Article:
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Heaton v. Monroe County

SUPREME COURT OF THE STATE OF NEW YORK Appellate Division, Fourth Judicial Department


November 12, 2010

IN THE MATTER OF LISA HEATON, PETITIONER-RESPONDENT,
v.
MONROE COUNTY AND MONROE COUNTY SHERIFF, RESPONDENTS-APPELLANTS.

Appeal from a judgment (denominated order) of the Supreme Court, Monroe County (Ann Marie Taddeo, J.), entered June 3, 2009 in a proceeding pursuant to CPLR article 78. The judgment granted the petition and annulled the determination of respondents.

Published by New York State Law Reporting Bureau pursuant to Judiciary Law § 431.

This opinion is uncorrected and subject to revision before publication in the Official Reports.

PRESENT: FAHEY, J.P., CARNI, LINDLEY, GREEN, AND GORSKI, JJ.

It is hereby ORDERED that the judgment so appealed from is affirmed without costs.

Memorandum

Supreme Court properly granted the petition in this CPLR article 78 proceeding challenging the determination denying petitioner's application for General Municipal Law § 207-c benefits. Respondents denied the application on the ground, inter alia, that petitioner failed to report her injury in a timely manner pursuant to the requirements of a General Order issued by respondent Monroe County Sheriff. Contrary to respondents' contention, however, the record establishes that the reporting requirements of that General Order did not apply to petitioner's injury. Contrary to the contention of the dissent, moreover, we conclude that the statute of limitations defense, which was not addressed at Supreme Court, does not remain pending and undecided. "[I]t is well established that the court's failure to issue an express ruling is deemed a denial thereof" (Rochester Equip. & Maintenance v Roxbury Mtn. Serv., Inc., 68 AD3d 1803, 1805, citing Brown v U.S. Vanadium Corp., 198 AD2d 863, 864). On the merits of that defense, we reject respondents' contention that the proceeding was not timely commenced. "The statute of limitations is an affirmative defense which must be pleaded and proved by the party invoking it" (Paladino v Time Warner Cable of N.Y. City, 16 AD3d 646, 647; see Mendez v Steen Trucking, 254 AD2d 715, 716), and respondents failed to establish that the proceeding was commenced more than four months after petitioner received notice that her application was denied (see CPLR 217 [1]; cf. Matter of Raymond v Walsh, 63 AD3d 1715, appeal dismissed and lv denied 14 NY3d 790).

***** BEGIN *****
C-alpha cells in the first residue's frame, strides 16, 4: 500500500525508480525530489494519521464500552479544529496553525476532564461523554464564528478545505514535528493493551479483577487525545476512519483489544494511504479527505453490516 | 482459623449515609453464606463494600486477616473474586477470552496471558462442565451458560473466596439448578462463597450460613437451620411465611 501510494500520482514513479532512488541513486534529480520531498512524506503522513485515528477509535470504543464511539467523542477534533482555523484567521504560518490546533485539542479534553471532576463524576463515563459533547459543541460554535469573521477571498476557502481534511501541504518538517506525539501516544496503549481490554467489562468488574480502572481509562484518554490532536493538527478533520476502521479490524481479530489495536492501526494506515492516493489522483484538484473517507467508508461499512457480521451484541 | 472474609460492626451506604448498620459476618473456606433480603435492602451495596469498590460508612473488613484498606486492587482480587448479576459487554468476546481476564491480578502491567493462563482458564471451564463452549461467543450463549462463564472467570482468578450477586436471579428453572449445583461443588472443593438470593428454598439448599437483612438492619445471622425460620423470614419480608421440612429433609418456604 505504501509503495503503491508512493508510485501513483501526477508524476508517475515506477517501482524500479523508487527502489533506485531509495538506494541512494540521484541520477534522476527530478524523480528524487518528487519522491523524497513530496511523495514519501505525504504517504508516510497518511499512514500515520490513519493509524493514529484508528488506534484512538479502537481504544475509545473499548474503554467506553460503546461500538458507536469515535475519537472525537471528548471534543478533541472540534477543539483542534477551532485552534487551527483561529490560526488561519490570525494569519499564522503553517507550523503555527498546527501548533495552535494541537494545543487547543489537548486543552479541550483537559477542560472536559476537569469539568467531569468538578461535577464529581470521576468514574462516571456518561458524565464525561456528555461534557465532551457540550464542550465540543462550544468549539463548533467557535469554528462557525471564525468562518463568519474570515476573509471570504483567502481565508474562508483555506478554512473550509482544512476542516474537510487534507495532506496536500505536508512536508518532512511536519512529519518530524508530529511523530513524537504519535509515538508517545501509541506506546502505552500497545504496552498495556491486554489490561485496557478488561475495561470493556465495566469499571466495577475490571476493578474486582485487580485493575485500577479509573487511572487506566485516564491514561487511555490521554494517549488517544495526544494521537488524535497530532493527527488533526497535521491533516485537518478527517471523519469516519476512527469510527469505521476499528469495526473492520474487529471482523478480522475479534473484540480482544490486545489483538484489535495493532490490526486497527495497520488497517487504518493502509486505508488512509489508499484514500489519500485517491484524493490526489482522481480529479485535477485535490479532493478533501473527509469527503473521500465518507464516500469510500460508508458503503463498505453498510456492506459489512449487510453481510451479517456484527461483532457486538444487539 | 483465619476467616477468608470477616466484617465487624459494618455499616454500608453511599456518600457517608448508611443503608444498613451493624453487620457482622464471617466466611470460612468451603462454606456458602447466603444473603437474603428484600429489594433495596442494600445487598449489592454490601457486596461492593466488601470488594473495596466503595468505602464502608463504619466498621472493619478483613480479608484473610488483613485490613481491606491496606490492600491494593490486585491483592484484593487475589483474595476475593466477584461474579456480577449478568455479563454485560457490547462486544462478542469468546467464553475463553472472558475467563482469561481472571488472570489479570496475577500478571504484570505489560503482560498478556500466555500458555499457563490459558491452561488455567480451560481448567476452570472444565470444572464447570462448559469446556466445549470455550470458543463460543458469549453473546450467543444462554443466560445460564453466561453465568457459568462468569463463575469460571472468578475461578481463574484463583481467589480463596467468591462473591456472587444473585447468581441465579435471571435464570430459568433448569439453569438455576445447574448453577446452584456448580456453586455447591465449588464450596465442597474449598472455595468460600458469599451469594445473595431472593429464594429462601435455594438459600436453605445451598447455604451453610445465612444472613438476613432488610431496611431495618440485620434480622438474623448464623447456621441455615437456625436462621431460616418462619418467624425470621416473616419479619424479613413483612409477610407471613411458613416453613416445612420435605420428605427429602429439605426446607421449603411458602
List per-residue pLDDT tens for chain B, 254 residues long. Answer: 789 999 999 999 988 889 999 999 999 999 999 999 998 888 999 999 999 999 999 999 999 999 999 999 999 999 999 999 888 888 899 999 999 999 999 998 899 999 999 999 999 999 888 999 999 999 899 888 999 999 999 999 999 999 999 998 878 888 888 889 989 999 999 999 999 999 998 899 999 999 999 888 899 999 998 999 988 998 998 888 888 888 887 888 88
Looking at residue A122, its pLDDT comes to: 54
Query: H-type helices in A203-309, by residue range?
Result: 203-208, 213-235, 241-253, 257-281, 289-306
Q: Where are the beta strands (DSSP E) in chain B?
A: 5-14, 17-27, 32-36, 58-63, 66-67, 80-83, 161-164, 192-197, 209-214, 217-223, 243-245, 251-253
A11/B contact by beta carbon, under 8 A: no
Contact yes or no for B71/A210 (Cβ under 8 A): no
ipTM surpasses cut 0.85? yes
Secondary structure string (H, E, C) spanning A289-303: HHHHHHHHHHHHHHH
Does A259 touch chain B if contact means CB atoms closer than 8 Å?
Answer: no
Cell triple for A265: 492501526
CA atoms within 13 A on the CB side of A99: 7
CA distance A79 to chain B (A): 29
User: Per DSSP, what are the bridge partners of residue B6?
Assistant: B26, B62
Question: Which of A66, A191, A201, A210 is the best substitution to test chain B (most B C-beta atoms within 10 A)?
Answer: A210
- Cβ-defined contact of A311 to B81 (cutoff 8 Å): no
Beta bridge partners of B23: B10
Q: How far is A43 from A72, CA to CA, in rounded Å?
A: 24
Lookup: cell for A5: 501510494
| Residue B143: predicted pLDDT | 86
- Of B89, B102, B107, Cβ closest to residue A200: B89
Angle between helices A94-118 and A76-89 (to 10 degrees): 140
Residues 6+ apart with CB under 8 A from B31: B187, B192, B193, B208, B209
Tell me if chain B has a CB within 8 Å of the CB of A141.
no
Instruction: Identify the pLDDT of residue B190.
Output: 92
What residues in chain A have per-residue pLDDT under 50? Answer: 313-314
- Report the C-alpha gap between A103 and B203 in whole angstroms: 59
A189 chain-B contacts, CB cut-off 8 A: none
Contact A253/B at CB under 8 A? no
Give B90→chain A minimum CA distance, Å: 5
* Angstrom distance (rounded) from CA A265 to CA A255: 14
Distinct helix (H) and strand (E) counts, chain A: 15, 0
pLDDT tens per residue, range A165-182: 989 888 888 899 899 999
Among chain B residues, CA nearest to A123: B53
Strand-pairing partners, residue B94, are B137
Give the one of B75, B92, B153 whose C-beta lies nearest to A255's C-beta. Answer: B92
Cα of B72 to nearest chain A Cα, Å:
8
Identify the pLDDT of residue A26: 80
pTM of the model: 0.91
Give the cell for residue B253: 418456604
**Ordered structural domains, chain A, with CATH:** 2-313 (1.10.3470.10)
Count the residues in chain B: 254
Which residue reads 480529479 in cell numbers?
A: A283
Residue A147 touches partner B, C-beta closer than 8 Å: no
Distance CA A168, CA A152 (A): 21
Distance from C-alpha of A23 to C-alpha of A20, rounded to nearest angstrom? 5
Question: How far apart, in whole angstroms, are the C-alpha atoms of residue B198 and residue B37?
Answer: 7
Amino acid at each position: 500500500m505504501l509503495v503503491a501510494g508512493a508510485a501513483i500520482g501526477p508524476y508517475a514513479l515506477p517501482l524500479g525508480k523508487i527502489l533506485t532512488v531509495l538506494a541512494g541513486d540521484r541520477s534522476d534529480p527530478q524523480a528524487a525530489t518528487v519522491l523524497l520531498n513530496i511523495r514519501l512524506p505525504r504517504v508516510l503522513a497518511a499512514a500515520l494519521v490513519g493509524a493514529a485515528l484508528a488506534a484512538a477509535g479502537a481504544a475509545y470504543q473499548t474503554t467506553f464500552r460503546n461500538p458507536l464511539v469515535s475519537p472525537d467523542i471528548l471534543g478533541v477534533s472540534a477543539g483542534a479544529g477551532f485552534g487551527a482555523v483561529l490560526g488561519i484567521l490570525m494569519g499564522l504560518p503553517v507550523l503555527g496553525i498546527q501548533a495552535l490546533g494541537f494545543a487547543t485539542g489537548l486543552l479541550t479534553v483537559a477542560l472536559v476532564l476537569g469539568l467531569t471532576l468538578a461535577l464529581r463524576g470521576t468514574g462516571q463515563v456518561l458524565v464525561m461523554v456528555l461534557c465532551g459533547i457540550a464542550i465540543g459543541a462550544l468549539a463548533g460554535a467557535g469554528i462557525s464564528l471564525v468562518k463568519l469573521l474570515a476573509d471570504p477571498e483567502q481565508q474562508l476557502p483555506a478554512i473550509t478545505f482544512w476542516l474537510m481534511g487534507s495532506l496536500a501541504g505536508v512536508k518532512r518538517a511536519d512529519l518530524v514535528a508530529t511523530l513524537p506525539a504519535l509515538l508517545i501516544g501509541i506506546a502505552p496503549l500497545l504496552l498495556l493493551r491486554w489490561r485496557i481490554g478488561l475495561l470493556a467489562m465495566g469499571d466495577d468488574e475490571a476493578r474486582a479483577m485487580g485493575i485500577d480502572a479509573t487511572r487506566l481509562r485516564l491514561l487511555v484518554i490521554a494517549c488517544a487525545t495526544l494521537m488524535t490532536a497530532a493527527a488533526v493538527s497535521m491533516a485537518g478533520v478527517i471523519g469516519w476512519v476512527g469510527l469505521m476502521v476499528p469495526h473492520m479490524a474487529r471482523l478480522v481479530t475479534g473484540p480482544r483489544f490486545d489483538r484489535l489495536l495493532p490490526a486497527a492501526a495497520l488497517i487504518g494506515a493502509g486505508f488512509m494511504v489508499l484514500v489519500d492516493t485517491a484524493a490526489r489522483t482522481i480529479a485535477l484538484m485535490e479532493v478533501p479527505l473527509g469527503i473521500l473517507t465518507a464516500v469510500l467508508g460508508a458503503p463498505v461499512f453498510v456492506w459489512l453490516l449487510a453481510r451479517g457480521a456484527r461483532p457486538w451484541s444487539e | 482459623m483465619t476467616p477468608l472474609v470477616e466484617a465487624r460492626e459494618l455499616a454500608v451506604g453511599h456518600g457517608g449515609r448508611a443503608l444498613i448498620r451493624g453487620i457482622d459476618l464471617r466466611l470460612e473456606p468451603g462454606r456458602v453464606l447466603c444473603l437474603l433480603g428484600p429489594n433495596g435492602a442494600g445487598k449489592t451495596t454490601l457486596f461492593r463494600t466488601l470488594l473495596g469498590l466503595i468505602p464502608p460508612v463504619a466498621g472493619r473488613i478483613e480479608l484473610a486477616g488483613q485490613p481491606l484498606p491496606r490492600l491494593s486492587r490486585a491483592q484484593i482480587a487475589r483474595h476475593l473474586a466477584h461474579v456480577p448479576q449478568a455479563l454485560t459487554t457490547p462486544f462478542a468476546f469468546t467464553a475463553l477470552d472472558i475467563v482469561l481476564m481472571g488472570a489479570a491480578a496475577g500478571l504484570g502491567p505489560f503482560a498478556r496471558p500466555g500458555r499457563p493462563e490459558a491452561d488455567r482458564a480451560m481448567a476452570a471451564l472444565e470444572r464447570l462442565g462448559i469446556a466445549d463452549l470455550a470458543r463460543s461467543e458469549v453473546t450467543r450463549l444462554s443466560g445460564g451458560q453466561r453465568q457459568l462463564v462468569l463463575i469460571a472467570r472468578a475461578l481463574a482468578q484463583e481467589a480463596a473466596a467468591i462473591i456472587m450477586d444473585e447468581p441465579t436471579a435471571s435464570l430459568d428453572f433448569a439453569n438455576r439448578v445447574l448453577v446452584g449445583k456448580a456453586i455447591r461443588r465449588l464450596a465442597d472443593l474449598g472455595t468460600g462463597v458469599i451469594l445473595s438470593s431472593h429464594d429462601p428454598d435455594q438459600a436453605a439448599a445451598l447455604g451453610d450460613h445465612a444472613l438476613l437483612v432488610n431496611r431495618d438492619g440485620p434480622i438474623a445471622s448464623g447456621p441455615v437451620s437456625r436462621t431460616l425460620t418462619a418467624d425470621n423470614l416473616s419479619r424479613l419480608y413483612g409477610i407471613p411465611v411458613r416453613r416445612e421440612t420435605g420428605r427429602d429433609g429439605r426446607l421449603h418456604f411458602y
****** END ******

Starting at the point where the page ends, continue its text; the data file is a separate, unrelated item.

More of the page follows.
All concur except Carni, J., who dissents and votes to reverse in accordance with the following Memorandum: I respectfully disagree with the conclusion of my colleagues that Supreme Court properly granted petitioner's application for General Municipal Law § 207-c benefits. Therefore, I dissent. I conclude that, on the record before us, there is an issue of fact as to when petitioner was first informed of the determination denying her application for General Municipal Law § 207-c benefits, and the resolution of that issue of fact is essential to determining the merits of respondents' statute of limitations defense (see CPLR 217 [1]). Respondents submitted the affidavit of petitioner's supervisor at the Monroe County Sheriff's Department, who averred that, on July 10, 2008, he personally advised petitioner that her application had been "denied." Petitioner, however, asserted in an affidavit that she was not told that she was being denied benefits until "on or about" October 2, 2008. It is well settled that " oral notification [of a determination] is sufficient to commence the running of the statute of limitations where, as here, petitioner is adversely impacted and aggrieved' " (Matter of Feldman v New York State Teachers' Retirement Sys., 14 AD3d 769, 770; see Matter of Bargstedt v Cornell Univ., 304 AD2d 1035, 1036-1037). Therefore, I would reverse the judgment and remit the matter to Supreme Court for a fact-finding hearing on that issue.

20101112

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